Local Government New Zealand says a major increase in building consent fees is a result of the leaky building crisis.
A report comissioned by an industry body, the Construction Strategy Group, found housing costs have risen 8% on average in five years and consent fees have jumped 75% in six years.
Local Government New Zealand president Lawrence Yule says district and city councils had to adopt more stringent inspection regimes to prevent a repeat of the leaky buildings crisis.
"Authorities have to give a guarantee for ten years of the quality of the work and the only way they can do that is to inspect buildings and structures as they're being built."
Mr Yule says many councils have also adopted a user pays approach to consents whereas the cost used to come from rates.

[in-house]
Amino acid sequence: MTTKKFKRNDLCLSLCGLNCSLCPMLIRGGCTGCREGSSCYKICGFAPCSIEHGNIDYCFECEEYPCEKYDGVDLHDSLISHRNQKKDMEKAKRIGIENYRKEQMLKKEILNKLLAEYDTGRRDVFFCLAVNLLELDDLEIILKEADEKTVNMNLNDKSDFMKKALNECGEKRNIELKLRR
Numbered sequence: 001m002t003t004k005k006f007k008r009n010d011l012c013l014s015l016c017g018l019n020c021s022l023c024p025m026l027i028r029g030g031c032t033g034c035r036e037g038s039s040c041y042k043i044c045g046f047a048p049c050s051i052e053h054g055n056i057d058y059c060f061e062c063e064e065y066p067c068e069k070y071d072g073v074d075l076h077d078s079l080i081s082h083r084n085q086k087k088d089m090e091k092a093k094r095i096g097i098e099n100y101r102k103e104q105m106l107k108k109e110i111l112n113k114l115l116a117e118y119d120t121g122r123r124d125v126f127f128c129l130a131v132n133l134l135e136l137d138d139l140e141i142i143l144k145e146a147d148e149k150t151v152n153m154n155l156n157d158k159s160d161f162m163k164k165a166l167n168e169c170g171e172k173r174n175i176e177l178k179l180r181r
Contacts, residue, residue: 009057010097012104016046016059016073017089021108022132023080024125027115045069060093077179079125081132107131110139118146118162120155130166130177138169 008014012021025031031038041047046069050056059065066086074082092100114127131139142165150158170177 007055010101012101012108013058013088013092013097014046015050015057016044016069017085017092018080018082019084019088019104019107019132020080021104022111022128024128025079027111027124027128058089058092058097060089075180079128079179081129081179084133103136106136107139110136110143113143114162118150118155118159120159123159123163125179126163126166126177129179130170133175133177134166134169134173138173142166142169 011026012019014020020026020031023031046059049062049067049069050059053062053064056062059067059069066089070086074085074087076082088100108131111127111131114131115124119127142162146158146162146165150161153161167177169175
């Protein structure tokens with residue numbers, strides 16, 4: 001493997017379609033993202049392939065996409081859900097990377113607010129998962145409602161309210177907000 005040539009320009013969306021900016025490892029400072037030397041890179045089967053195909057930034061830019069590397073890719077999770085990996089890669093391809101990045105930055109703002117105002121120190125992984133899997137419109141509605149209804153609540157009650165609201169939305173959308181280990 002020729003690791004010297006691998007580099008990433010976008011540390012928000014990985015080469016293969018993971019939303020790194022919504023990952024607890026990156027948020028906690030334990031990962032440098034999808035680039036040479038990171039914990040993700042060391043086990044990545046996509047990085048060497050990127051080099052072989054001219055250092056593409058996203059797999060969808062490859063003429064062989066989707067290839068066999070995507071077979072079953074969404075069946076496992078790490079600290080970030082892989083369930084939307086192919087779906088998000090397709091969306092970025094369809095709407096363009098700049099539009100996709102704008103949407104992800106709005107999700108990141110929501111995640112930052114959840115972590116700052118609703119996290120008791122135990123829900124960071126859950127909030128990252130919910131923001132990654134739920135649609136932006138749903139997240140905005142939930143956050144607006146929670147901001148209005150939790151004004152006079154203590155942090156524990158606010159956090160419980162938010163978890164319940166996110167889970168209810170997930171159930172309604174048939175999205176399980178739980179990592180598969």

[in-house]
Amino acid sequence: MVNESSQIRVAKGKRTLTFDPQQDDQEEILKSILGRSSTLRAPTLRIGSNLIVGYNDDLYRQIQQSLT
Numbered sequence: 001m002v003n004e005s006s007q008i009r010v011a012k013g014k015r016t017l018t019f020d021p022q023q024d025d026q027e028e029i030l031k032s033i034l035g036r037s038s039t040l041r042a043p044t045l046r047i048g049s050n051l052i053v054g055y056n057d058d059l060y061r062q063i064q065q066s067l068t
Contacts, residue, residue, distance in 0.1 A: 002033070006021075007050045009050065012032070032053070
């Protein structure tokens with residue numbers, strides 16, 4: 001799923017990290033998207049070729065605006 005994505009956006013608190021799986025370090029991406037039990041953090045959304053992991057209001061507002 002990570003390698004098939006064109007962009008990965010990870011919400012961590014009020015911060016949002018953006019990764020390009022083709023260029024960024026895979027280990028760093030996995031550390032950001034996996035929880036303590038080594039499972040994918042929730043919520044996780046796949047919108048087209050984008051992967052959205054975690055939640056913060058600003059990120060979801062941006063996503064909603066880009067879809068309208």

He says there is a legitimate argument that the consent costs for additions to houses, such as swimming pools, are too high and central government is already looking at fixing the problem.
Housing Minister Nick Smith says costly council fees are getting in the way of new development and in Housing New Zealand's case it has reduced the number of homes that could be built by a third.
Dr Smith says the Construction Strategy Group's study confirms council costs have soared and is hampering productivity.
He says proposed legislative changes will make development costs fairer on ratepayers and developers, providing a Development Commissioner as a neutral abritrator.